Zaillian’s film is rated PG-13 for some partial nudity, language and thematic content. The partial nudity is tastefully done and not totally gratuitous, though I still doubt it was necessary to tell the story. Jack is recounting his lost love for Anne Stanton (Kate Winslet, “Finding Neverland,” “Titanic”) and his inability to make the right moral choice for the right reason. Certainly this could have been accomplished without Winslet’s strategically concealed nudity. There are also a couple provocatively sensual dance scenes used to illustrate Willie’s adulteress sexual exploits—though we never see Willie engaged in sexual activity or see the women in otherwise compromised sexual scenes.

The most extreme, profane and vain use of our Lord’s name is heard 4 times, mostly from the mouth of Stark. The name of Jesus is used a few times in a profane manner and various other profanities, though not the sexual type, are laced throughout the dialog. I have to mention my sustained objection to the most extreme and profane use of our God’s name. I understand that this film is not “Christian” and probably was not made by “Christians,” but I maintain my challenge from an earlier review (“The Great Raid”) that believers demand more from Hollywood. Because of this, I cannot recommend that sincere Christians spend the money and time to watch this otherwise very well executed film. King David is my authority and foundation.

David was sent to the front lines to take bread and cheese to his brothers and to the leaders of Saul’s army. When he arrived in the camp, he ran to the front to witness the warfare. Now, he could have stayed and enjoyed the days activities, which consisted of Goliath’s ridicule and the Israelite’s fear and trembling. However, during Goliath’s monologue David could not help but notice that this Philistine was defying the army of the Living God! David was incensed that the Israelite army would put up with this, so he acted in the only way he could. He was used by the Living God to bring this blasphemy to an end and to execute the judgment of God on the profane Goliath and the army of the Philistines. We should all be so jealous of our Lord’s honor!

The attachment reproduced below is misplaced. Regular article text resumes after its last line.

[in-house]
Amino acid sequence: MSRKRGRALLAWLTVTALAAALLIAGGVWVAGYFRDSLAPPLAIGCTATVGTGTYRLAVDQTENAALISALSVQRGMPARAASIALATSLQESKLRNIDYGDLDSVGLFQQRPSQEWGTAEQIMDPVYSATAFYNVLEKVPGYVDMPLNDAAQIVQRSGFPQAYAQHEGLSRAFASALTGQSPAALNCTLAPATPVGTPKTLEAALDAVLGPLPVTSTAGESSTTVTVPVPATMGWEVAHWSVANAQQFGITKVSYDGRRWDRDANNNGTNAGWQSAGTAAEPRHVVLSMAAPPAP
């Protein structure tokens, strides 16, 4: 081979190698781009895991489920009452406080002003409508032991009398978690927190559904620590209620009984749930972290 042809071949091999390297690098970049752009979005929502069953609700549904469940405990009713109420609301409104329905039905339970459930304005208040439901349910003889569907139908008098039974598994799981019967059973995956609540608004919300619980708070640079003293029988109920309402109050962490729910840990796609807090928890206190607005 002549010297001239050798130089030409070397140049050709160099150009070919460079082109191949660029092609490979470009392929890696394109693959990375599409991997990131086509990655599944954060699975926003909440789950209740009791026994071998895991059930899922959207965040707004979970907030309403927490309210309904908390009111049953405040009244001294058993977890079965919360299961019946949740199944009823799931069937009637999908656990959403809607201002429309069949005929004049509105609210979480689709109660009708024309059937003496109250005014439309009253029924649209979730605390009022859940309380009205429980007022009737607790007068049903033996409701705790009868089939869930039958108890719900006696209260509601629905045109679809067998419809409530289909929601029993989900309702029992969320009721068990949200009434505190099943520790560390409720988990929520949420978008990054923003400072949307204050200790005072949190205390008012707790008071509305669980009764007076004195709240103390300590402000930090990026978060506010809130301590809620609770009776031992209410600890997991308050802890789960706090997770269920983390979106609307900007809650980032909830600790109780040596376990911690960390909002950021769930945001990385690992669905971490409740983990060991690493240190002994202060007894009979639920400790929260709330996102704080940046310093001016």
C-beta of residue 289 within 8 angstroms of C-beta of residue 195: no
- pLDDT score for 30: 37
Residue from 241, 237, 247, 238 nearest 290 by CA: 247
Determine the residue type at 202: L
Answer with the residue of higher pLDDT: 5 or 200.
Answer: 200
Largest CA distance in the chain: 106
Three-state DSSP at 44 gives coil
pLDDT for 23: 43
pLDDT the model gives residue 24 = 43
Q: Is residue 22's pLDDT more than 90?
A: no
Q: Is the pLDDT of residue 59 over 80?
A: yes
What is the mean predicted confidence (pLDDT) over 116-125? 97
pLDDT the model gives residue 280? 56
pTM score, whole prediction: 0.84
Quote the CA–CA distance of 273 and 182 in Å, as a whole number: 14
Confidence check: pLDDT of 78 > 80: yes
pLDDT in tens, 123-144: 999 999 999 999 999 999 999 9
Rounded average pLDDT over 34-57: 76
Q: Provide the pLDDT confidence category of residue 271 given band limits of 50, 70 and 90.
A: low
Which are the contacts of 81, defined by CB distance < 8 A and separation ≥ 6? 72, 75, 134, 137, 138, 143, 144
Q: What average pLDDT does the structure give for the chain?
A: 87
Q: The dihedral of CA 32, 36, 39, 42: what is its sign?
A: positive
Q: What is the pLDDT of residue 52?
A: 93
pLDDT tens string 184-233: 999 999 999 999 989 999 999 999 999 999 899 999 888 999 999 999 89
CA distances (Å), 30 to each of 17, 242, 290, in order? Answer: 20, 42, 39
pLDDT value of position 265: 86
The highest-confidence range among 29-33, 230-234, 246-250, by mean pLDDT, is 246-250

The violence in “King’s Men” is that typical of film noir and depicts a fairly gruesome assassination and the subsequent murder of the assassin—not overly bloody or gory for such a violent and gory act.

The themes of the film are what concern me most. 19th century European historian Lord John Dalberg Acton said, in various writings, that “power tends to corrupt and absolute power corrupts absolutely.” Willie Stark’s story vividly illustrates this principle of corruption. Not that our contemporary political scene lacks instructive examples of this axiom. But often times it is “not as offensive” to present truth wrapped up in fiction. But is there, indeed, truth presented in this version of “All The King’s Men?”